And there are distinct networks all with their own constraints and demands. The telecoms backbone connects to the metro area network (MAN), which in turn splits into local access networks (LAN) that connect to the home or office. Then LANs connect individual devices within buildings.
What's more all the work has to meet European and international standards and norms. And there are several standards bodies for broadband to consider, including the IEEE and the International Telecommunications Union.
Despite these challenges, ALPHA achieved its objectives, defining, integrating and validating the wide range of technologies required to make ultra-high-speed broadband for access networks and home domains a reality. Indeed, it is impossible to go into all the work undertaken by the project in this article.
But one very good example is the team's work with multiplexing, the technique used to broadcast several streams of data over a single line. Multiplexing will be a key factor in any future network because it uses physical wires in the most efficient way.
Wavelength division multiplexing (WDM) works by using light at different wavelengths, or colours, to create separate streams and so enlarge the capacity of a line. WDM is considered the technology of the future, but it is too expensive at current prices.
Time division multiplexing (TDM) is more affordable, since it is performed by electronics. It splits data streams over time, with each stream broadcast in a particular time slot. So, the ALPHA team developed a hybrid WDM/TDM multiplexing system, delivering 10 Gb/s over a passive optical network. This ALPHA technology supports access networks, which supply broadband connections to the home or office. The ALPHA solution even supports radio-over-fibre, a technology for handling the support of mobile broadband in wired networks.
The multiplexer system is a key crossover technology that will let networks evolve cost-effectively. It both enhances what is available now and paves the way for next-generation broadband. But that is only one small part of ALPHA's work.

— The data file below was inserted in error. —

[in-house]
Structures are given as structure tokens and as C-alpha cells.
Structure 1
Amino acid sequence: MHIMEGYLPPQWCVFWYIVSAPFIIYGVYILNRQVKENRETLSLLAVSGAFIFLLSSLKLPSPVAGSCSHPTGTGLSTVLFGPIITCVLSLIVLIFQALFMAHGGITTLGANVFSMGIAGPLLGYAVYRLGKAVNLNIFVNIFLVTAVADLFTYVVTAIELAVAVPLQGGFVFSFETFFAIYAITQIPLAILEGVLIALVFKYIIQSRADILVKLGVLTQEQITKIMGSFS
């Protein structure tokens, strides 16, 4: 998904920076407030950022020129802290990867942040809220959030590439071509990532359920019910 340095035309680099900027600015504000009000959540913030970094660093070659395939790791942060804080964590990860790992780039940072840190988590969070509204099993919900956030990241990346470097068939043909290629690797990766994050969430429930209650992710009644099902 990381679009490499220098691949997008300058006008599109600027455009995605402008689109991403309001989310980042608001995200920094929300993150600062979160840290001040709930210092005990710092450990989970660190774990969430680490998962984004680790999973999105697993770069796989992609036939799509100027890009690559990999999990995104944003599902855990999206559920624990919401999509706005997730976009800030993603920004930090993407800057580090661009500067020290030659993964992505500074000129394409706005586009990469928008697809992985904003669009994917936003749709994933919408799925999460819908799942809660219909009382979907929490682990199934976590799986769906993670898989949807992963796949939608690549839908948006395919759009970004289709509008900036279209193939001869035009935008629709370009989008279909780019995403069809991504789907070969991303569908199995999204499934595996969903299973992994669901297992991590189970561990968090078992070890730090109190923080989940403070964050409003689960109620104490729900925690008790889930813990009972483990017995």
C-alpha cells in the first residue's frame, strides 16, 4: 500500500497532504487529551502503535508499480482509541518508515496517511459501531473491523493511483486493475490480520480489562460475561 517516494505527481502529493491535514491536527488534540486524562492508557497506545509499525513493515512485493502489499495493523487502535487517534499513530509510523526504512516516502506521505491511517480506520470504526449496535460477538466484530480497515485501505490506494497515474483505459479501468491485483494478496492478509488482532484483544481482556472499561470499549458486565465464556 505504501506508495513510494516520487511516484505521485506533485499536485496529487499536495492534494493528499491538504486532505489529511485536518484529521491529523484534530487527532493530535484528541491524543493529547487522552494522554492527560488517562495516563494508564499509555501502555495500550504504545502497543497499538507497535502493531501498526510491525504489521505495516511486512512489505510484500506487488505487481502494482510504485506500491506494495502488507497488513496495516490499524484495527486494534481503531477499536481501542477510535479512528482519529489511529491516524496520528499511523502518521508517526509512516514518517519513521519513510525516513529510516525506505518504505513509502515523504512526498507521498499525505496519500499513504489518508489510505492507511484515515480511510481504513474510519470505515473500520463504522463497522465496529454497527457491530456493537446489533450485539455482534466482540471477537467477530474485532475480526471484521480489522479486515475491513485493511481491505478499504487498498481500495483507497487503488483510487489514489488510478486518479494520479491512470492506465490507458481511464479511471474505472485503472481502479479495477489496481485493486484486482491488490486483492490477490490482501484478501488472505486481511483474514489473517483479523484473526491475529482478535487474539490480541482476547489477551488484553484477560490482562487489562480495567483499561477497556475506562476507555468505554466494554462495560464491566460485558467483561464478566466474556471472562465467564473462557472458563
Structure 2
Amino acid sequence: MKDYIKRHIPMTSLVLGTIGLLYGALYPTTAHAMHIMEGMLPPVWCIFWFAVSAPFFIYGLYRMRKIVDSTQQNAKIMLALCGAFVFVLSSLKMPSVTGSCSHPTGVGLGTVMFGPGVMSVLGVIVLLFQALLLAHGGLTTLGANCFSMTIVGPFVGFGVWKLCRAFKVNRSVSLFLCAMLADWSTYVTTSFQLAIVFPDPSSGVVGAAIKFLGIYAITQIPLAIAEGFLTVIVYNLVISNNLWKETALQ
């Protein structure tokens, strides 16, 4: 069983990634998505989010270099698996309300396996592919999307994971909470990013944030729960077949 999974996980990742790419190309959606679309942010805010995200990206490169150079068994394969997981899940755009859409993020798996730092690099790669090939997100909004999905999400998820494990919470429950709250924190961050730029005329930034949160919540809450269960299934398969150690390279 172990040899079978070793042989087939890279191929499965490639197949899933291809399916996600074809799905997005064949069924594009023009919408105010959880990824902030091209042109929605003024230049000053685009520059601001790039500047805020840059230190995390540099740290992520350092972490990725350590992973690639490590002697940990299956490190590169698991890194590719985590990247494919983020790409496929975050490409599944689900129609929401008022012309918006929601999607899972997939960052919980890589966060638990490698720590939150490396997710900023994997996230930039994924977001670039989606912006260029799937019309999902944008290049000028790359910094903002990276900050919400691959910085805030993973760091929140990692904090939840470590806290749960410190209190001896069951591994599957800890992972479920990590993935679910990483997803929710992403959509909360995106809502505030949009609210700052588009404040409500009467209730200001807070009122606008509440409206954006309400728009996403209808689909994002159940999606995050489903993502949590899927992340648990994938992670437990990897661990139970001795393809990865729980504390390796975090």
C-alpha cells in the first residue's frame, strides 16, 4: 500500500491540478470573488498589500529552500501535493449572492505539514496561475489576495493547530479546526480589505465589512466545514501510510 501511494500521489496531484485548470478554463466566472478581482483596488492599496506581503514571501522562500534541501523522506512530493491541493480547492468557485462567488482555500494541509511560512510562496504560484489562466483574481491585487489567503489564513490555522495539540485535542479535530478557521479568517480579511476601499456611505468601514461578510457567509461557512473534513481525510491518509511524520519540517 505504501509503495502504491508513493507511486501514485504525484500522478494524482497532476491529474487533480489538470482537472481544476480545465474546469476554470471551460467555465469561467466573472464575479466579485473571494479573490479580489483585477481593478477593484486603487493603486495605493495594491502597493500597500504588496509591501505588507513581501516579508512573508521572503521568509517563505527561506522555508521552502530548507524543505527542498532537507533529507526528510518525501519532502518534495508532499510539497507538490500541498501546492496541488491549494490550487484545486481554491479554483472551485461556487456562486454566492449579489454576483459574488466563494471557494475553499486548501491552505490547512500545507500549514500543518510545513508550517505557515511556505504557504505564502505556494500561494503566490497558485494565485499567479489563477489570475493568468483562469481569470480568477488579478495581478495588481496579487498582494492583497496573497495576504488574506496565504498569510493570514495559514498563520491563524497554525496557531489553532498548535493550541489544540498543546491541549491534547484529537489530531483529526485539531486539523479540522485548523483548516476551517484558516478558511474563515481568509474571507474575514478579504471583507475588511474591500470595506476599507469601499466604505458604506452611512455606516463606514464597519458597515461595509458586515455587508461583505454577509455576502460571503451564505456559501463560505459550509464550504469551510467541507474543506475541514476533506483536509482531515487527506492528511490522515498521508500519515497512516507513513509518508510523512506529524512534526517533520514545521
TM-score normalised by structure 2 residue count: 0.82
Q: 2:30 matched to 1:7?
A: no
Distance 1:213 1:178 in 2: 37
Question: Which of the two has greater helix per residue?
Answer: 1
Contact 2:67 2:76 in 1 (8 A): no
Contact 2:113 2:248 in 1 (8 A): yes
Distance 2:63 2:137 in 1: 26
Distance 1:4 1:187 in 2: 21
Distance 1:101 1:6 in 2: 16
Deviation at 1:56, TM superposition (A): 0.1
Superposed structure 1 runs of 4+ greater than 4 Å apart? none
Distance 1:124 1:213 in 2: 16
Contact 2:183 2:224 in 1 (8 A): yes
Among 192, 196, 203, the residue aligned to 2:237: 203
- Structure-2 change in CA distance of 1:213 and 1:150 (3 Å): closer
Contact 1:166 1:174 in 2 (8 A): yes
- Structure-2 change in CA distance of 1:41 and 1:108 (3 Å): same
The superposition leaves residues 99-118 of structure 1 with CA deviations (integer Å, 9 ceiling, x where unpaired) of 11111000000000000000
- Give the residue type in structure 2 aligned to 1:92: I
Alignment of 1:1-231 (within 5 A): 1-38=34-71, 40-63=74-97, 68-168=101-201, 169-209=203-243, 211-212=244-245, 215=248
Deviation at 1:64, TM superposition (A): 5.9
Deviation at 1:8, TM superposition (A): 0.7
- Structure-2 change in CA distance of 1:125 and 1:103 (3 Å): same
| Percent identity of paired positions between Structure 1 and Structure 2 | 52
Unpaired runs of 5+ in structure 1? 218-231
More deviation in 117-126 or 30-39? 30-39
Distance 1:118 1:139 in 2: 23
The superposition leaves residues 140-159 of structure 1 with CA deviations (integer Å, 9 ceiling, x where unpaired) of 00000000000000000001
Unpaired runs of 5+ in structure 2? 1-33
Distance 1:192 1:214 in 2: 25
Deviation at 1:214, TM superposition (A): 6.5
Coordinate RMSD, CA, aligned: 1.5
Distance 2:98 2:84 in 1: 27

the team achieved a world first by recording speeds of 20 Gb/s in real time with a novel modem that used optical orthogonal frequency division multiplexing (OOFMD), which creates multiple streams of data by modulating tone. It is a useful and popular transmission method because it can handle difficult channel conditions, like fading and interference.
The consortium worked on universal plug 'n' play quality of service (UPnP QoS) and generalised multi-protocol label switching (GMPLS), which add service guarantees to both the home and access networks.
The project also developed a low-cost gigabit modem for home networks that works with plastic optical fibres, a crucial bit of technology that would let users download a DVD quality movie in just 60 seconds!
Right now those speeds are only available in a few places around the world, but thanks to the architecture and transmission solutions developed by ALPHA it will be a lot easier for other networks to upgrade.
In all, the project has had a remarkable impact, with its work leading to 9 patent applications, 77 journal peer-reviewed journal publications and over 200 conference contributions. The team also contributed significantly to standardisation efforts.
The ALPHA project received funding from the EU's Seventh Framework Programme for research into information and communications technology (ICT), the 'Network of the future' Theme.
- 'Architectures for flexible photonic home and access' project
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Information Source: Dr Mikhail Popov, Coordinator of the ALPHA project.